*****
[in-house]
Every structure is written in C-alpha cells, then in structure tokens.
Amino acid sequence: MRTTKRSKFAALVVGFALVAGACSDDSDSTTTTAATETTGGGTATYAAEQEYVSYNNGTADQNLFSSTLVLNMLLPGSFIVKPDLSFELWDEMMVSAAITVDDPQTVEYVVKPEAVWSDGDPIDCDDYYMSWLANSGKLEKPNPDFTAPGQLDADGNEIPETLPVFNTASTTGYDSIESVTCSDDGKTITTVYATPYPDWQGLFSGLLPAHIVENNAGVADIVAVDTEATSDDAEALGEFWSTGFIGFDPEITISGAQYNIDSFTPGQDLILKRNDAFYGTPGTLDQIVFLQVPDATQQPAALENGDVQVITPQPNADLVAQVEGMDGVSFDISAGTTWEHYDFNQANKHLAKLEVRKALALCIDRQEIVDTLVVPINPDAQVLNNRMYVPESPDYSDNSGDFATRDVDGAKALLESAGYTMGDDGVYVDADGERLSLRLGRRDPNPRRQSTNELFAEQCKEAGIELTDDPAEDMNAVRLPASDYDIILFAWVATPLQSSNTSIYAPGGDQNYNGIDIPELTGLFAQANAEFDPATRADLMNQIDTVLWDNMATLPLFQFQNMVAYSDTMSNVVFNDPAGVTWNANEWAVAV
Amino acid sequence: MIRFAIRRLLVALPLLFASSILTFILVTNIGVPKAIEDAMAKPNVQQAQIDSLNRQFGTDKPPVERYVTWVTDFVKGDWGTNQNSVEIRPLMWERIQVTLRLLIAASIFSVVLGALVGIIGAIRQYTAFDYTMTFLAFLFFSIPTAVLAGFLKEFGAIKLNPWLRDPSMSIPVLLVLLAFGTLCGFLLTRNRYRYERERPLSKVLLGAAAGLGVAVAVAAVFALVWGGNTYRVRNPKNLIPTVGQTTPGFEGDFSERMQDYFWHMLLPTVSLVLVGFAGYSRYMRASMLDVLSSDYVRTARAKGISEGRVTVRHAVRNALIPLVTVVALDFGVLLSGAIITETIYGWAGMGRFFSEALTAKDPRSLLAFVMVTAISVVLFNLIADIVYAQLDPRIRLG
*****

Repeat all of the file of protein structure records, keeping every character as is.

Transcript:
[in-house]
Every structure is written in C-alpha cells, then in structure tokens.
Amino acid sequence: MRTTKRSKFAALVVGFALVAGACSDDSDSTTTTAATETTGGGTATYAAEQEYVSYNNGTADQNLFSSTLVLNMLLPGSFIVKPDLSFELWDEMMVSAAITVDDPQTVEYVVKPEAVWSDGDPIDCDDYYMSWLANSGKLEKPNPDFTAPGQLDADGNEIPETLPVFNTASTTGYDSIESVTCSDDGKTITTVYATPYPDWQGLFSGLLPAHIVENNAGVADIVAVDTEATSDDAEALGEFWSTGFIGFDPEITISGAQYNIDSFTPGQDLILKRNDAFYGTPGTLDQIVFLQVPDATQQPAALENGDVQVITPQPNADLVAQVEGMDGVSFDISAGTTWEHYDFNQANKHLAKLEVRKALALCIDRQEIVDTLVVPINPDAQVLNNRMYVPESPDYSDNSGDFATRDVDGAKALLESAGYTMGDDGVYVDADGERLSLRLGRRDPNPRRQSTNELFAEQCKEAGIELTDDPAEDMNAVRLPASDYDIILFAWVATPLQSSNTSIYAPGGDQNYNGIDIPELTGLFAQANAEFDPATRADLMNQIDTVLWDNMATLPLFQFQNMVAYSDTMSNVVFNDPAGVTWNANEWAVAV
Amino acid sequence: MIRFAIRRLLVALPLLFASSILTFILVTNIGVPKAIEDAMAKPNVQQAQIDSLNRQFGTDKPPVERYVTWVTDFVKGDWGTNQNSVEIRPLMWERIQVTLRLLIAASIFSVVLGALVGIIGAIRQYTAFDYTMTFLAFLFFSIPTAVLAGFLKEFGAIKLNPWLRDPSMSIPVLLVLLAFGTLCGFLLTRNRYRYERERPLSKVLLGAAAGLGVAVAVAAVFALVWGGNTYRVRNPKNLIPTVGQTTPGFEGDFSERMQDYFWHMLLPTVSLVLVGFAGYSRYMRASMLDVLSSDYVRTARAKGISEGRVTVRHAVRNALIPLVTVVALDFGVLLSGAIITETIYGWAGMGRFFSEALTAKDPRSLLAFVMVTAISVVLFNLIADIVYAQLDPRIRLG